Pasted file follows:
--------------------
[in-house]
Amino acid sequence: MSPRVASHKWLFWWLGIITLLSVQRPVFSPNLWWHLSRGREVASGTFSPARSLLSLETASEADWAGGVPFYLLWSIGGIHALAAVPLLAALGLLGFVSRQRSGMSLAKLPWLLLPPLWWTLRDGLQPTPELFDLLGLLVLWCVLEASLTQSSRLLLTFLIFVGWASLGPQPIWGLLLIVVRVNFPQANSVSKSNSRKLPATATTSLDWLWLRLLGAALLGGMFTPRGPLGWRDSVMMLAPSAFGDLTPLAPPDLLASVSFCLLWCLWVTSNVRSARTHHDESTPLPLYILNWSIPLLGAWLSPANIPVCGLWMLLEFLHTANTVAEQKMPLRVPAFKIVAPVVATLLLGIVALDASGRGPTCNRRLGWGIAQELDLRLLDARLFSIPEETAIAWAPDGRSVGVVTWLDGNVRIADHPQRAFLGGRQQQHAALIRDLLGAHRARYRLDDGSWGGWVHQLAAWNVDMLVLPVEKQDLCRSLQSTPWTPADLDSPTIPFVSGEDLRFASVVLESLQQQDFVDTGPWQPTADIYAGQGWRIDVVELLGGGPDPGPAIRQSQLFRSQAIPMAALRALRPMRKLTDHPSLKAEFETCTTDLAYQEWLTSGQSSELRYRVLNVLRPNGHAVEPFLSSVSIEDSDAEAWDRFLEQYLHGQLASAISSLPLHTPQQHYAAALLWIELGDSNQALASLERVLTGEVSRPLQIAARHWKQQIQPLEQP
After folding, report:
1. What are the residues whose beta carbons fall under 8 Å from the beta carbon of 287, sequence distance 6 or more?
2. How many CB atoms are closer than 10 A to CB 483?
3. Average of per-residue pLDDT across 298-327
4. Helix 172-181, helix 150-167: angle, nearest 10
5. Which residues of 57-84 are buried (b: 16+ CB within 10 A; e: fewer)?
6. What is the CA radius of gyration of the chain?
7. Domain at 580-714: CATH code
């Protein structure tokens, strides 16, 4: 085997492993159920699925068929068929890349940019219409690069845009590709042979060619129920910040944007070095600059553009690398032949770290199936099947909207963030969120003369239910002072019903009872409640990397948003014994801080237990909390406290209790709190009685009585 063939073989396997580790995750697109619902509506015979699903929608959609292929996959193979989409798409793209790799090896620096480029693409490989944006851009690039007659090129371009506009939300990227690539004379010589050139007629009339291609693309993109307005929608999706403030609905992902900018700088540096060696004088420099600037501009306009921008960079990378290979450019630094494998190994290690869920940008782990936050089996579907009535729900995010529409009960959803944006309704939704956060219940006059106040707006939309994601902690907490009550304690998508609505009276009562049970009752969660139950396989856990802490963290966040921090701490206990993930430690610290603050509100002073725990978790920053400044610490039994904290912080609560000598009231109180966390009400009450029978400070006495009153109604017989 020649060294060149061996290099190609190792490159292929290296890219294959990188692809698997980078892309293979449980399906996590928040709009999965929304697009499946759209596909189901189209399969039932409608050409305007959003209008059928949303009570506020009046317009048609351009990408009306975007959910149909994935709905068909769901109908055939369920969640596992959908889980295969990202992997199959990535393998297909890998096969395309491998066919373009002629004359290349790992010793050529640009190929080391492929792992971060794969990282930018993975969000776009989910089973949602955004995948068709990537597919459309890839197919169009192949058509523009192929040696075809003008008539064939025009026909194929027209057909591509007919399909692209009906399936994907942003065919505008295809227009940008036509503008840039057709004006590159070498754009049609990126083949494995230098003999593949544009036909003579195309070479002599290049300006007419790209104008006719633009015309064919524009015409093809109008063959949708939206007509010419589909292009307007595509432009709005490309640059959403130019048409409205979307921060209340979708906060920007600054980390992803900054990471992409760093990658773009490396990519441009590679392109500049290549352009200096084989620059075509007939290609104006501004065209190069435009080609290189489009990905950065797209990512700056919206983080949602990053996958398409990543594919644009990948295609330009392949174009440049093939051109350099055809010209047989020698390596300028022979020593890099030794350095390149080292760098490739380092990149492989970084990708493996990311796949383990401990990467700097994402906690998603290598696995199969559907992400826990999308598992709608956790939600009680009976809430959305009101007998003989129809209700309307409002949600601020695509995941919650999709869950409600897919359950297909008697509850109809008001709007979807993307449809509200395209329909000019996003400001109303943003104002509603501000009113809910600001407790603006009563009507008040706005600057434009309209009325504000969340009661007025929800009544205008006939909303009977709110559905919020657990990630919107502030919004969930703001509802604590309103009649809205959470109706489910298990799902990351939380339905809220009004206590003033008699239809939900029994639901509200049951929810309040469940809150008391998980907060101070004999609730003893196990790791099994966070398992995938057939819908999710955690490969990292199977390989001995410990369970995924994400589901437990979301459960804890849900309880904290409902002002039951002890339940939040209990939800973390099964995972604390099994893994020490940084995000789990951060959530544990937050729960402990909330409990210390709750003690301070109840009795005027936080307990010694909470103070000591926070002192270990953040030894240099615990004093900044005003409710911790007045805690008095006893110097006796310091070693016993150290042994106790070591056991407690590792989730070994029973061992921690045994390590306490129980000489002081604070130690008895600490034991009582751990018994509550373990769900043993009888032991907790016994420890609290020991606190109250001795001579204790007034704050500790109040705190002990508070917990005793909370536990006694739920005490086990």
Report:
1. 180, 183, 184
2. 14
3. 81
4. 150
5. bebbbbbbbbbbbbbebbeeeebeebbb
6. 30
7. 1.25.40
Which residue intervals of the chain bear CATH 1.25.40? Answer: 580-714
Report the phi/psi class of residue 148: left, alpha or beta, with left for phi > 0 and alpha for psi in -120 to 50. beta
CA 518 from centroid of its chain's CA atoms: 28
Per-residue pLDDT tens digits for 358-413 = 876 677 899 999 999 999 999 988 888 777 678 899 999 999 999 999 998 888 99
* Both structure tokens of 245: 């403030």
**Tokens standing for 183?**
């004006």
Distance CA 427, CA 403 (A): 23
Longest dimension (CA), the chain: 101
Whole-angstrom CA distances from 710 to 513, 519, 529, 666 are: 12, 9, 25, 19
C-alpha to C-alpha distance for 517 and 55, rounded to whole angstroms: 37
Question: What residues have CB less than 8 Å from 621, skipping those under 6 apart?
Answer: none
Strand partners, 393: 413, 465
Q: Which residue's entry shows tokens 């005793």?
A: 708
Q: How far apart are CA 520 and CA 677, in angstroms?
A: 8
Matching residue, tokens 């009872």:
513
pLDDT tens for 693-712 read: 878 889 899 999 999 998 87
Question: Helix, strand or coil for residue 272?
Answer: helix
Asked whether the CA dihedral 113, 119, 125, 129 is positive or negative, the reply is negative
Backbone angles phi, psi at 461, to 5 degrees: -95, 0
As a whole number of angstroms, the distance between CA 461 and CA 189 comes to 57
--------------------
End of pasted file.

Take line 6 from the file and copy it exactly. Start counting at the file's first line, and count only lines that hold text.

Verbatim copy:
3. Average of per-residue pLDDT across 298-327